Archives by Month: October 2018
Meet Emily. Emily is an all-around rock star. She is an excellent student and is involved in more extracurricular activities than most kids her age. She plays electric guitar, practices taekwondo, rides horses, plays various sports, is a member of 4-H, and in all of her spare time, works at The Columbus Zoo and Aquarium (The Zoo). Did we mention Emily is a rock star?
A junior at Buckeye Valley, Emily places a high priority on her school work. She excels in her academics which her mom attributes to her extreme work ethic and dedication to her studies. Emily knows that to be accepted into a zoology program in college, she must put in the work to get good grades in high school first. Emily’s passion for animals and desire to be a zookeeper someday is what inspired Emily to apply to work at The Zoo.
Becoming a Zoo Aide is no easy task. Emily had to compete against 200 other applicants, go through an extensive interview process, and explain to The Zoo why they should hire her over someone else. To prepare herself for this experience, Emily participated in a job readiness training. During this training she learned about what she should wear to an interview, practiced how to communicate with coworkers, and participated in mock interviews. This 8-week course proved to be very useful in preparing for her interview with The Zoo.
When it came time for Emily’s big interview with The Zoo, her job coach accompanied her. However, Emily was so prepared from her job readiness course that she never needed to lean on her coach for support. They asked Emily why they should hire her and she confidently answered, “I am a hard worker and passionate about animals.” Emily interviewed so well that they offered her one of the positions in the Zoo Rides Department on the spot. We asked her what it felt like to hear she had gotten the job and she exclaimed, “It was awesome!”
Emily has worked as a Zoo Aide since 2016 and Rides Operator since the Spring of 2018. Some of her responsibilities include educating guests about animals, operating rides, and driving the train around The Zoo. In recognition of her excellent work as a Zoo Aide, Emily has received her fair share of Zoo Cash which is awarded by coworkers and visitors when they see a Zoo employee doing a good deed. It’s safe to say that Emily loves her job. Like most people who frequent The Zoo, Emily has her favorite exhibits and animals too. She enjoys the manatees, Asia Quest, kangaroos, giraffe feeding, and monitoring the polar bears on The Zoo’s tablet. “I have always wanted to work at The Zoo. This was a good way to get my foot in the door.”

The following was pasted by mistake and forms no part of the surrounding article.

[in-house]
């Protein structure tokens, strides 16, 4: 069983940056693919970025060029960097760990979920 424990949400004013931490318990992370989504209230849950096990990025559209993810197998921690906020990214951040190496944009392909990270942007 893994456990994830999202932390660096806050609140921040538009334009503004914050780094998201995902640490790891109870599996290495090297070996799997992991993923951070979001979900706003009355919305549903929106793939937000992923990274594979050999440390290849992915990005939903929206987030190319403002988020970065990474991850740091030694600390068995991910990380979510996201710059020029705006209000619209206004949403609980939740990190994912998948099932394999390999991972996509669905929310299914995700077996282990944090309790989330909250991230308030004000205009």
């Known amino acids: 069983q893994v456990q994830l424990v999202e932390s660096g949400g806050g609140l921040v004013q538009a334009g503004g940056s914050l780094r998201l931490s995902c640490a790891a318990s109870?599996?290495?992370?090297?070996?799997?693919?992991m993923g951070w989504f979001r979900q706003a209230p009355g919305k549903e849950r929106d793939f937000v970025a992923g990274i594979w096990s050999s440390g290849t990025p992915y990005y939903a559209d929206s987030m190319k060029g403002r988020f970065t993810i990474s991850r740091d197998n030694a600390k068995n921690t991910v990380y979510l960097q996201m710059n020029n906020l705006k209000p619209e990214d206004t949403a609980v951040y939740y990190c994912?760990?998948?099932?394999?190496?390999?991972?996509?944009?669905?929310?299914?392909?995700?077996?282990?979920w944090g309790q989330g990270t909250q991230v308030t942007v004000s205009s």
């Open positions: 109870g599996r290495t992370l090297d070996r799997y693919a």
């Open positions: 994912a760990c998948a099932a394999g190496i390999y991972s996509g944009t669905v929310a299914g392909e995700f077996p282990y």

We asked Emily what advice she would give to someone applying for a job and she said, “Practice before you go in for your interview. Don’t give up on what you’re trying to achieve.” Wise words from such a young professional!
In her free time, Emily enjoys playing video games, watching movies and writing letters to her favorite celebrities. Emily has written to Adam Sandler, Tia Torres (Pit Bulls & Parolees), Dr. Pol (Nat Geo Wild), Duck Dynasty, and Colleen Ballinger (YouTube celebrity). She has received an autographed picture or personalized note from all of these celebrities. The next star she plans to write is Kelly Clarkson.
We know that whatever Emily sets her mind to, she can achieve. Keep up the great work Emily!
Hudson is a sweet, charismatic, musical and above all, strong 10 year old. Just before starting Kindergarten, Hudson was diagnosed with Juvenile Batten’s Disease (JBD). There are currently 14 different forms of JBD, each varying greatly from person to person. Similarly, the symptoms experienced by each person are unique. Approximately two to four out of every 100,000 children in the United States have JBD. While JBD is a very rare, Hudson and his family remain positive and focused on the future.
When it comes to musical instruments, Hudson has played just about all of them. From guitar, to piano, to drums, Hudson loves them all. “Anything that stimulates his senses,” explained his mom. In addition to his fascination with instruments, Hudson likes to read, travel, and try new foods. Unlike most 10 year old boys, Hudson loves vegetables. “We have learned to cook some of the strangest vegetables,” shared his mom. “We have made everything from broccoli to rutabagas and he likes them all!” Hudson has also been a joyful participant of Special Olympics and even qualified to go to State Games.
For Hudson, one of the symptoms he has experienced with JBD is blindness. While you might think losing his sight over time would be a frustration, “he has never complained about his vision,” shared his mom. “Hudson is so resilient and adapts to everything.” A fun fact about Hudson is he can tell you the name of any state or country just by feeling its shape.
We asked his parents what they have learned from Hudson and they said, “Hudson has taught us how to be parents of a child with a disability. He has shown us that we don’t need to sweat the small stuff.” A few years ago, Hudson and his family did not have much hope for the current treatments available for JBD. They were all too aware of the symptoms Hudson would soon experience and the devastatingly short life expectancy that comes with JBD. But recently, their hope has flourished with new clinical trials that seem promising. To advance these important research efforts and clinical trials, Hudson’s family established the Hugs for Hudson Research Fund at the Beyond Batten Disease Foundation (Beyondbatten.org/Hugsforhudson).